Lent for Academic Theologians

What are the dangers of academic theology for the theologian? This is something I often think about, so I was keenly interested when I stumbled upon this Lenten meditation from a theologian at Notre Dame. The entire post is worth reading here, but this bit in particular stood out to me.

Lent for the academic theologian is thus not simply an occasion to participate Doctor of Divinitya bit in the practices of the Church. Rather, it is an time for us to realize the fullness of our vocation as those who seek to perceive the world according to the logic of divine love revealed in Christ. It is a moment in the liturgical year in which we are invited to give up our desire to control discourse at all costs, to succeed through fame. Instead, we must learn that the theologian is one who prays, who has undertaken that ascetic practice that enables him or her to perceive the world as a divine gift. The formation of the theologian is not complete with the reception of a degree. Instead, it commences until we begin to mirror that divine love which we study.

Let me add a few thoughts.  It seems to me that one of the principal dangers for the academic theologian is their  vocational self-understanding (by “academic” I mean a theologian, like myself, whose work is formally and primarily, though not exclusively, carried out in the university). What frames the meaning and fitting practices of their vocation? Continue reading

Puritan Prayers: The Trinity

Valley of VisionWith the PhD thesis officially submitted, I’m hoping to eek out a few blog posts now. My wife recently gave me a copy of The Valley of Vision, a collection of Puritan prayers and devotional reflections. It has been a joy to read thus far for several different reasons.

Probably the most significant aspect of it for me is its way of reminding me of who God is and why it is such a blessing to have a place among the saints. Even when devoting oneself to the doctrine of God in systematics, one can never take in enough thoughtful pastoral statements about the goodness and wisdom of God. These nourish and stabilize our faith (certainly mine, at least).

The meaning of the name of the volume is glimpsed in the opening prayer:

You have brought me to the valley of vision, where I live in the depths but see you in the heights; hemmed in by mountains of sin I behold your glory….Let me learn by paradox…that the valley is the place of vision….Let me find thy light in my darkness…thy glory in my valley.

The book is excellent not only for personal reading but also as a resource for crafting pastoral prayers to be used in corporate worship. Here is a longer portion of the prayer entitled “The Trinity”:

O Father, I thank you that in fullness of grace you have given me to Jesus, to be his sheep, jewel, portion; O Jesus, I thank you that in fullness of grace you have accepted, espoused, bound me; O Holy Spirit, I thank you that in fullness of grace you have exhibited Jesus as my salvation, implanted faith within me, subdued my stubborn heart, made me one with him forever. O Father, you are enthroned to hear my prayers, O Jesus, your hand is outstreched to take my petitions, O Holy Spirit, you are willing to help my infirmities, to show me my need, to supply words, to pray within me, to strengthen me that I faint not in supplication. O Triune God, who commands the universe, you have commanded me to ask for those things that concern your kingdom and my soul. Let me live and pray as one baptized into the threefold Name.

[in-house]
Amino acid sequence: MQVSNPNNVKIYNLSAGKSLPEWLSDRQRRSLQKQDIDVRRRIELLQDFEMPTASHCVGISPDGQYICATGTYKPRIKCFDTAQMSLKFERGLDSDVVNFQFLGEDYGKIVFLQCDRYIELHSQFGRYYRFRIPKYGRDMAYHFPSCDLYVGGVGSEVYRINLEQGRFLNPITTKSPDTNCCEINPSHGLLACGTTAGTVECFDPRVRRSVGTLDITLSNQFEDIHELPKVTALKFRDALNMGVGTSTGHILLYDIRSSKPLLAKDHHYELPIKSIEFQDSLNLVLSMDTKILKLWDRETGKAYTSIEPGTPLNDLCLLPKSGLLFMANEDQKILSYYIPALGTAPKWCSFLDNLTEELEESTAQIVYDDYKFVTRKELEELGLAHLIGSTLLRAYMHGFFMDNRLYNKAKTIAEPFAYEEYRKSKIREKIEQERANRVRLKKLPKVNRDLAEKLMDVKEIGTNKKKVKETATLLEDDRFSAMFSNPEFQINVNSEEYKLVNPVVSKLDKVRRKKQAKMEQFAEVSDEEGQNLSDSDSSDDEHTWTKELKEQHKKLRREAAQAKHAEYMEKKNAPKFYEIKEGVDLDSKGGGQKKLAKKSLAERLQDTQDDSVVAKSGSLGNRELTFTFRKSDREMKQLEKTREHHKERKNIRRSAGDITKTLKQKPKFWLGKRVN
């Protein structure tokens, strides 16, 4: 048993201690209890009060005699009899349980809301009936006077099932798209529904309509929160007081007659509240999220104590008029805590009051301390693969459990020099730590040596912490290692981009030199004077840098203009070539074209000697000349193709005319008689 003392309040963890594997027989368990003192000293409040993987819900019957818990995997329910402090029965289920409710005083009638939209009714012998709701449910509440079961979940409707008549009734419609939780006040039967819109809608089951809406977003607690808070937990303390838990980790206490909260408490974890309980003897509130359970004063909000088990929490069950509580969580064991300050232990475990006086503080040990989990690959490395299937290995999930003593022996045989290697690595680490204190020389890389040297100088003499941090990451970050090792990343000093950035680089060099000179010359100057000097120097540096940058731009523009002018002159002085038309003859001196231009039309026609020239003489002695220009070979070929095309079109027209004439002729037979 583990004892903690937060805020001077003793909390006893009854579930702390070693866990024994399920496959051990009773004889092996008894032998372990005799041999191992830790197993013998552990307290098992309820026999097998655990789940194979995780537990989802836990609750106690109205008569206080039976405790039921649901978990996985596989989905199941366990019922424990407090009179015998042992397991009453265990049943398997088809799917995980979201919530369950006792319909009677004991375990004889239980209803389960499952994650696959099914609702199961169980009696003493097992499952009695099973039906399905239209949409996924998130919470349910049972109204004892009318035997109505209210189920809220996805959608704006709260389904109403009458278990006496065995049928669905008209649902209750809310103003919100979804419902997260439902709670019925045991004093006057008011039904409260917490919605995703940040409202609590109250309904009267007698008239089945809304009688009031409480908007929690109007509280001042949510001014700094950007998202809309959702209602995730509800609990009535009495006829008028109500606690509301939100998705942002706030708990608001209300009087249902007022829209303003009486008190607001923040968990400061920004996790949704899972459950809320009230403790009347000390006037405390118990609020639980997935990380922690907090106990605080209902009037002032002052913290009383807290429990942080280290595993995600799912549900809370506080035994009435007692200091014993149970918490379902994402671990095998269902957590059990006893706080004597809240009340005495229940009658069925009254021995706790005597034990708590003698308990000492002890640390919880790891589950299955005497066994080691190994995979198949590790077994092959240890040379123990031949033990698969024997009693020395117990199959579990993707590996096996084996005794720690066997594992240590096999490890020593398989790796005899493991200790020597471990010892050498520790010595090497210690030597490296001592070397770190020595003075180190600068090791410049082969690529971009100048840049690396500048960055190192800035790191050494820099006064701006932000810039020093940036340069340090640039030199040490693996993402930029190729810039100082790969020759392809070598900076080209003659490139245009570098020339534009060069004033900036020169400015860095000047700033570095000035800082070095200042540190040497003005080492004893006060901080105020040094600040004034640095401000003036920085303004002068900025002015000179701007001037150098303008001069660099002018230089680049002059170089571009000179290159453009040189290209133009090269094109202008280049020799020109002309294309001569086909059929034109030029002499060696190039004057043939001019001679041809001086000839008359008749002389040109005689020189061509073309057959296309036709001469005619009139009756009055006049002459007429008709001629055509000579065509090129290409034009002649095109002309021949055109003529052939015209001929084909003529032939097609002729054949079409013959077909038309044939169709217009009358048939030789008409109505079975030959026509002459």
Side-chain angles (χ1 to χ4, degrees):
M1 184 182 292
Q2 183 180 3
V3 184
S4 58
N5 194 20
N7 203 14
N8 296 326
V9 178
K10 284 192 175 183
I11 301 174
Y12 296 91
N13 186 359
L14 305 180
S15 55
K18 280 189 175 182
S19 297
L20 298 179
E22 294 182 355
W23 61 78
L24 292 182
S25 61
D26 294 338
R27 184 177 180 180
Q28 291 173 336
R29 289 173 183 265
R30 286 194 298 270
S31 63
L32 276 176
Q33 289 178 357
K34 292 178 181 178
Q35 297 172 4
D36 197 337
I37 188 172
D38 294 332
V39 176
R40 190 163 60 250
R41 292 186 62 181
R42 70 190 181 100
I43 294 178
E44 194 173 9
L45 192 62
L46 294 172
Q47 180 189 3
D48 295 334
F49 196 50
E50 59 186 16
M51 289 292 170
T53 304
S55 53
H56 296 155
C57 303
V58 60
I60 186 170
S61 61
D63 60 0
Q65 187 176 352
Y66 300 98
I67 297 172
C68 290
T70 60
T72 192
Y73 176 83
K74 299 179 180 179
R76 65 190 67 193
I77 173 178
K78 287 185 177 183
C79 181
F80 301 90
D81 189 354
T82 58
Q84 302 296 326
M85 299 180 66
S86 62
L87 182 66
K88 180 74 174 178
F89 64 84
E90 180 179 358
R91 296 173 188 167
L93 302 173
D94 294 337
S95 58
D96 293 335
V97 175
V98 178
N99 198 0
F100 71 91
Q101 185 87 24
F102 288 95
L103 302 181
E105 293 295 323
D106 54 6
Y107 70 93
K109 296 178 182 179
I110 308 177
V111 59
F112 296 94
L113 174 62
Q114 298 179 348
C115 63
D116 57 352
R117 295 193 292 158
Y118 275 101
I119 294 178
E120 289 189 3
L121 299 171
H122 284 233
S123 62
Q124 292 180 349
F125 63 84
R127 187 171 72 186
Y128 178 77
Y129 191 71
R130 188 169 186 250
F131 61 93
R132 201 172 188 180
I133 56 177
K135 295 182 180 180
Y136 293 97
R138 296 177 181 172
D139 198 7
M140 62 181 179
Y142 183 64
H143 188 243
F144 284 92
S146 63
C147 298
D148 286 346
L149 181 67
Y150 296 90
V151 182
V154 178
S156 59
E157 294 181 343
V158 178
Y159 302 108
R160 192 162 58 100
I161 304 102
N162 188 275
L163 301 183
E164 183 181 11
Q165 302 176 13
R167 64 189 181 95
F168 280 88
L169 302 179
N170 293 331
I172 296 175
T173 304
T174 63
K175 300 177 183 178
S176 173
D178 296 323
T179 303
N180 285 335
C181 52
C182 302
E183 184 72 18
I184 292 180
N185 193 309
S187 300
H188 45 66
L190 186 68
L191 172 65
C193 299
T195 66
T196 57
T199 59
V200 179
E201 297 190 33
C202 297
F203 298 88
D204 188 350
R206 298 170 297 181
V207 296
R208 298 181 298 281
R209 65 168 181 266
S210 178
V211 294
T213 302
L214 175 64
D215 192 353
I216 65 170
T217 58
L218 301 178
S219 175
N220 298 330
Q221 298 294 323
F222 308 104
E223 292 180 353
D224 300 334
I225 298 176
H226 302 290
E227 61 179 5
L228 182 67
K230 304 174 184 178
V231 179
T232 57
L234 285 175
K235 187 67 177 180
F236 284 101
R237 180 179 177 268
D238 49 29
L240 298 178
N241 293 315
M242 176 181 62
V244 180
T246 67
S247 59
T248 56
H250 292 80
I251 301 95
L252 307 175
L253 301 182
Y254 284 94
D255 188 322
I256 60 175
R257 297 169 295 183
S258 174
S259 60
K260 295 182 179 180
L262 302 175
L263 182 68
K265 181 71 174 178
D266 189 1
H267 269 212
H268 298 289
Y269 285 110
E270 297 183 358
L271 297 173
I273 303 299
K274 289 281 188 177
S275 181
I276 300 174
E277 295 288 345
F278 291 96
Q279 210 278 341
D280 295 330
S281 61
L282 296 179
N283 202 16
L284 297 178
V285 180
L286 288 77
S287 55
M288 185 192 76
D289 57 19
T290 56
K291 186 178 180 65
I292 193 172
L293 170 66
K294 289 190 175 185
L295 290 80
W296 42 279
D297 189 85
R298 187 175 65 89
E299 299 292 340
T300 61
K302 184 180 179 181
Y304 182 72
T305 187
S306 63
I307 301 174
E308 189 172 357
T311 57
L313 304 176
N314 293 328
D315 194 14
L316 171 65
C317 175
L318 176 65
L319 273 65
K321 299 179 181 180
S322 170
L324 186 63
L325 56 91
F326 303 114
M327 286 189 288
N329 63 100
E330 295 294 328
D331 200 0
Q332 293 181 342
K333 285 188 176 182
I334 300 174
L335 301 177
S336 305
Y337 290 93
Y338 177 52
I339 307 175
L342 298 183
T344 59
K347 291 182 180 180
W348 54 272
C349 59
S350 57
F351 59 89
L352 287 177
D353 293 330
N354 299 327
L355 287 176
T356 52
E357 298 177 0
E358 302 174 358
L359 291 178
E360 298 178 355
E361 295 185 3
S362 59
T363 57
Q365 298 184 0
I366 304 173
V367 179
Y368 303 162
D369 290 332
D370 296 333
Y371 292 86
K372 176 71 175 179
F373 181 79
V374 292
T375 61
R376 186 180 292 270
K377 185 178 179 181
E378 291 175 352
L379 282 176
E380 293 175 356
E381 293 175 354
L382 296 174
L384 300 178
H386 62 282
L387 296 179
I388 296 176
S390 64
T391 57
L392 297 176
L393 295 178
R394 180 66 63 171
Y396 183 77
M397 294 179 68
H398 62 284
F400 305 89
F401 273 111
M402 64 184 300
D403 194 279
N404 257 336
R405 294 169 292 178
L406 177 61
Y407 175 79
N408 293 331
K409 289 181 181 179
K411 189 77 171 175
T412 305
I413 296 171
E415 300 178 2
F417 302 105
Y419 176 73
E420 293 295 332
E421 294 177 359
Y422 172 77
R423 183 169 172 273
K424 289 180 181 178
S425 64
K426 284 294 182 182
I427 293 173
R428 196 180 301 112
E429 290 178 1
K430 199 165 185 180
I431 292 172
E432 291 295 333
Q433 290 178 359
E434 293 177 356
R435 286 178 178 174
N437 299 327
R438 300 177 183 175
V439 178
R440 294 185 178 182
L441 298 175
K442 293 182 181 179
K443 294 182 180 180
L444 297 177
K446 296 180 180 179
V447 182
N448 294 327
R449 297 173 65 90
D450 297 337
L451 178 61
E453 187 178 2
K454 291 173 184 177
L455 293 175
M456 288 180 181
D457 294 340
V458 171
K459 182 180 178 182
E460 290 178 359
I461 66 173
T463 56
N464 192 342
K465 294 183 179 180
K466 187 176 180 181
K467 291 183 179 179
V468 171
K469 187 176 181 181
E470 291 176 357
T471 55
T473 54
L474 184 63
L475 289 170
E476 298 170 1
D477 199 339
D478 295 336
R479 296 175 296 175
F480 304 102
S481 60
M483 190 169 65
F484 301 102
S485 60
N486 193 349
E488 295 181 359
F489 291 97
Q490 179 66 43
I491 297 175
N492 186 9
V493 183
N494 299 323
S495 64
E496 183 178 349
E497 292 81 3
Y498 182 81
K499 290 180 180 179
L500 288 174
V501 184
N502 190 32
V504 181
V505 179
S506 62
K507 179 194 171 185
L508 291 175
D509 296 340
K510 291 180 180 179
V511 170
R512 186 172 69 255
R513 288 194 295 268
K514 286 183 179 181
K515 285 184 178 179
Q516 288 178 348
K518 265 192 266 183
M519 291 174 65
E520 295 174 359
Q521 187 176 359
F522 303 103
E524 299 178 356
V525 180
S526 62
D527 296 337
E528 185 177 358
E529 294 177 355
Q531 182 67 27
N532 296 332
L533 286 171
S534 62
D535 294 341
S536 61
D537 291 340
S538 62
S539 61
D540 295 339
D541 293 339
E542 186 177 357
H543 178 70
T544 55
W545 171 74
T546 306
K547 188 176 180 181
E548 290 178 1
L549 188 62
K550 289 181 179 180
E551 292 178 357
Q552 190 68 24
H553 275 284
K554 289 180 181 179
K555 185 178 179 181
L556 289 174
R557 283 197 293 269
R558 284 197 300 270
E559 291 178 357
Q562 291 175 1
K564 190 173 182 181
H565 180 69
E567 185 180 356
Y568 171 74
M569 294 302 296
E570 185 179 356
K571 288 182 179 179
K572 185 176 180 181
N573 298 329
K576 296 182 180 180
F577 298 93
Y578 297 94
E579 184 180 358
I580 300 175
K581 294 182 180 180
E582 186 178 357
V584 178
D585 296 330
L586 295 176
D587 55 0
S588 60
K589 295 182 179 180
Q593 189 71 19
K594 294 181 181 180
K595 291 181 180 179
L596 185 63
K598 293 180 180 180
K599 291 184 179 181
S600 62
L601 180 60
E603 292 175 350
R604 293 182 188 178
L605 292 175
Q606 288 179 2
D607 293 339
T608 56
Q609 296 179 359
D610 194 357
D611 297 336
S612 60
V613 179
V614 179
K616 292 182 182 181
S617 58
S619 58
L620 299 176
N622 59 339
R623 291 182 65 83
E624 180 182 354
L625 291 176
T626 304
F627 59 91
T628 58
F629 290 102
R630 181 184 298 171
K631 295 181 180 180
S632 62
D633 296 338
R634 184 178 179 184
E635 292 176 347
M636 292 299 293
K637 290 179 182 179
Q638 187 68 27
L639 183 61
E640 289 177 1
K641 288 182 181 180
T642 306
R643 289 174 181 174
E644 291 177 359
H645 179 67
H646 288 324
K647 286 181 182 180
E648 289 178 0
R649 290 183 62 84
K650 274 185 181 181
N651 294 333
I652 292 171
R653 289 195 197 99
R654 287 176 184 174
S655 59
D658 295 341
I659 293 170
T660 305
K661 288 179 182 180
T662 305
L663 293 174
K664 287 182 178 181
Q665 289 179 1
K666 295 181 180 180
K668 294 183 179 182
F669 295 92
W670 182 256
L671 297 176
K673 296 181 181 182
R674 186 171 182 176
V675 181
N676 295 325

The book of course isn’t designed for the lenten season, but it does include a series of morning and evening daily prayers as well.

Abiding in Relationships

Ben Quash’s 2013 Lent Book, Abiding, is a beautiful meditation on the Christian life. Here is an excerpt from the chapter, “Abiding in Relationships.”

ImageHuman relationships will sometimes fail – often in small ways and occasionally in big and terrible ways. The Christian confidence is that no failure that is enacted by the embroiled human will can outrun grace. The Christian belief is that our abiding in relationship with God and one another is a ‘work’ that prospers only because God first abides in relationship with us. And God can bind all things – including the times, the seasons, and our fractured lives – not because God is one solitary and almighty will, but because he is faithful, and makes covenants, and gives himself, making an ‘us’ that will abide for eternity because it is established in the power of this infinitely responsive love (p. 128)

Sanctified by Grace is coming (finally!)

Kyle and I have been working for several years on a theology of the Christian life. In fact, we started the project while office mates and quick friends at the University of Aberdeen. We are verySanctified by Grace_cover_March62014 happy to say it is done and will be published in the early summer by T&T Clark! (you can preorder here) In the meantime, we are going to post some excerpts to whet your appetite.

The following is from the book jacket:

Books on the Christian life abound. Some focus on spirituality, others on practices, and others still on doctrines such as justification or forgiveness. Few offer an account of the Christian life that portrays redeemed Christian existence within the multifaceted and beautiful whole of the Christian confession. This book attempts to fill that gap. It provides a constructive, specifically theological interpretation of the Christian life according to the nature of God’s grace. This means coordinating the triune God, his reconciling, justifying, redemptive, restorative, and otherwise transformative action with those practices of the Christian life emerging from it. The doctrine of the Christian life developed here unifies doctrine and life, confession and practice within the divine economy of grace.